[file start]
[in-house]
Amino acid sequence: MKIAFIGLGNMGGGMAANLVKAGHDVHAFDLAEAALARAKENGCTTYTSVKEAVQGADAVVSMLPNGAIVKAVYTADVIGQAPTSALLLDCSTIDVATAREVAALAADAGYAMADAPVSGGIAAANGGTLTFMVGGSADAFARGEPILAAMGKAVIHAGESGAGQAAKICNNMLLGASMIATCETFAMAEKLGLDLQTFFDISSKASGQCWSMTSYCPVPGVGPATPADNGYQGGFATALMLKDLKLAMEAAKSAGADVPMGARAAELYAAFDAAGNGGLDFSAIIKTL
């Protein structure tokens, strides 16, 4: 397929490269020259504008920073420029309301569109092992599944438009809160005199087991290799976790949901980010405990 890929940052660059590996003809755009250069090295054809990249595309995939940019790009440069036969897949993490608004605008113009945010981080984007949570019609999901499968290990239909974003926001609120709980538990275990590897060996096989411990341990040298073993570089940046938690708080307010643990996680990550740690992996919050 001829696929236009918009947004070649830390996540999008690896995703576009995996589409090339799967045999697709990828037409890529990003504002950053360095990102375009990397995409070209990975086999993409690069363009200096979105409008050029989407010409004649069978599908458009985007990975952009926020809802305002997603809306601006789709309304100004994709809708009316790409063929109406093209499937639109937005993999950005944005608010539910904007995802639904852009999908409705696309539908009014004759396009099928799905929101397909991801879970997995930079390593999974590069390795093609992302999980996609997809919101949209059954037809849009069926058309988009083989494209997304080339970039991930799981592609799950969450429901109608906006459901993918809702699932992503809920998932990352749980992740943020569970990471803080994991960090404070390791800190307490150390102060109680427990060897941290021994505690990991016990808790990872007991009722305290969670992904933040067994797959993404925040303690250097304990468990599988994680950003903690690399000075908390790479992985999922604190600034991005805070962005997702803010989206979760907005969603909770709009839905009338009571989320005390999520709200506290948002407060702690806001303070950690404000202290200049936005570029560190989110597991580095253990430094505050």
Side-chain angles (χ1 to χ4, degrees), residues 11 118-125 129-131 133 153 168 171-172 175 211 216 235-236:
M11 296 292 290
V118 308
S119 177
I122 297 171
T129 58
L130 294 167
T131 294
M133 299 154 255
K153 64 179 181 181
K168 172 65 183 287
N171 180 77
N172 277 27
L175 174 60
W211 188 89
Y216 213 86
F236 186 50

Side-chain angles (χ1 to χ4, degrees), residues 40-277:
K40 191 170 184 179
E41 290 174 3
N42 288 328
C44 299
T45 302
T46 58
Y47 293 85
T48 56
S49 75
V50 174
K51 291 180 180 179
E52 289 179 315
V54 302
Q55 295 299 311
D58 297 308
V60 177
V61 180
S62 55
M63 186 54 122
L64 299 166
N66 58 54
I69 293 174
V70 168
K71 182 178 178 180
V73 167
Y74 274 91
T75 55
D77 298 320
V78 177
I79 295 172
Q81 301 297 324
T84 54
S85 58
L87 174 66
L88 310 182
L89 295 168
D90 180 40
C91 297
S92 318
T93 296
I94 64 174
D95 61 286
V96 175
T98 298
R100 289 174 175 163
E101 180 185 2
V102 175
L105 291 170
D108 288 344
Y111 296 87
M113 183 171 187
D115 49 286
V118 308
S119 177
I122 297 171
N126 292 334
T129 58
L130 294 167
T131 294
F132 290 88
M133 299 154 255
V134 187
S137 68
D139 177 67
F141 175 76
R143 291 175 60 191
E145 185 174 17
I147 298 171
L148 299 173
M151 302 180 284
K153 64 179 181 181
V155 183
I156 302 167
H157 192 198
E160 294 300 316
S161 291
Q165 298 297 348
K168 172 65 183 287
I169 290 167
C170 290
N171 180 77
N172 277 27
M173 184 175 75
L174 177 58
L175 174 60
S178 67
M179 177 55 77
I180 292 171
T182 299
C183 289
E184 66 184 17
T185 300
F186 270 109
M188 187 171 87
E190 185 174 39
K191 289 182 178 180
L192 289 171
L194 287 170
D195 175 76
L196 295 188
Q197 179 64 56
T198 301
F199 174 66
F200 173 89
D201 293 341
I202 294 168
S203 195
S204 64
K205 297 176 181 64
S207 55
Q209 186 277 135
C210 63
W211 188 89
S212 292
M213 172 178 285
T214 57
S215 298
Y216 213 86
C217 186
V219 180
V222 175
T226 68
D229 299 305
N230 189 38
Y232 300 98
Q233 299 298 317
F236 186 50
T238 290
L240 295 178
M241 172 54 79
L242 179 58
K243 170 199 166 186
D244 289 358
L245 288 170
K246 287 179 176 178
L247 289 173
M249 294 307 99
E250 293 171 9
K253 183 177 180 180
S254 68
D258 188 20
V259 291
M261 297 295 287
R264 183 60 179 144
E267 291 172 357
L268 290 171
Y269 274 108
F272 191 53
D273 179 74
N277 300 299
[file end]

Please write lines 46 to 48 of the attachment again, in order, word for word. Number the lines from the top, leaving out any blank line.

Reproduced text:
V73 167
Y74 274 91
T75 55